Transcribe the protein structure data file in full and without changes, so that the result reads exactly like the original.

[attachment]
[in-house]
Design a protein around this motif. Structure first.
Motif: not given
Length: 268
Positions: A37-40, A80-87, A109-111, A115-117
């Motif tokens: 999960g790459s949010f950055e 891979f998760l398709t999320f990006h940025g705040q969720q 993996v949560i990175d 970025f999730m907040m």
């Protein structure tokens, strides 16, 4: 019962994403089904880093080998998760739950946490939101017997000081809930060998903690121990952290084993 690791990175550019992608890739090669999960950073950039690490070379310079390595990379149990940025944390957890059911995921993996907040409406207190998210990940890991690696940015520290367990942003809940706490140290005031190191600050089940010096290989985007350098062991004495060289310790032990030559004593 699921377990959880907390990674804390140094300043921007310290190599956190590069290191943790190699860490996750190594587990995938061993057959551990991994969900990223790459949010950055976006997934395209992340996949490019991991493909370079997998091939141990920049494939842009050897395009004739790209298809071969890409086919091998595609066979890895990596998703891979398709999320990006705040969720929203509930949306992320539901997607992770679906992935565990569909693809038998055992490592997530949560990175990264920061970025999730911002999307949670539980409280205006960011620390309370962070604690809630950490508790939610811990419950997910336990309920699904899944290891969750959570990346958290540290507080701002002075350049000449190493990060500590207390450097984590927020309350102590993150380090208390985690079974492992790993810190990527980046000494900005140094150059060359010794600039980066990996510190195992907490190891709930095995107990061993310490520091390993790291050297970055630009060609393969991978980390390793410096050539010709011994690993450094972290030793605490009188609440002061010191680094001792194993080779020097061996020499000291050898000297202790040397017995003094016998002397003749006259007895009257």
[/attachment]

[in-house]
Design a protein around this motif. Structure first.
Motif: not given
Length: 268
Positions: A37-40, A80-87, A109-111, A115-117
């Motif tokens: 999960g790459s949010f950055e 891979f998760l398709t999320f990006h940025g705040q969720q 993996v949560i990175d 970025f999730m907040m």
């Protein structure tokens, strides 16, 4: 019962994403089904880093080998998760739950946490939101017997000081809930060998903690121990952290084993 690791990175550019992608890739090669999960950073950039690490070379310079390595990379149990940025944390957890059911995921993996907040409406207190998210990940890991690696940015520290367990942003809940706490140290005031190191600050089940010096290989985007350098062991004495060289310790032990030559004593 699921377990959880907390990674804390140094300043921007310290190599956190590069290191943790190699860490996750190594587990995938061993057959551990991994969900990223790459949010950055976006997934395209992340996949490019991991493909370079997998091939141990920049494939842009050897395009004739790209298809071969890409086919091998595609066979890895990596998703891979398709999320990006705040969720929203509930949306992320539901997607992770679906992935565990569909693809038998055992490592997530949560990175990264920061970025999730911002999307949670539980409280205006960011620390309370962070604690809630950490508790939610811990419950997910336990309920699904899944290891969750959570990346958290540290507080701002002075350049000449190493990060500590207390450097984590927020309350102590993150380090208390985690079974492992790993810190990527980046000494900005140094150059060359010794600039980066990996510190195992907490190891709930095995107990061993310490520091390993790291050297970055630009060609393969991978980390390793410096050539010709011994690993450094972290030793605490009188609440002061010191680094001792194993080779020097061996020499000291050898000297202790040397017995003094016998002397003749006259007895009257």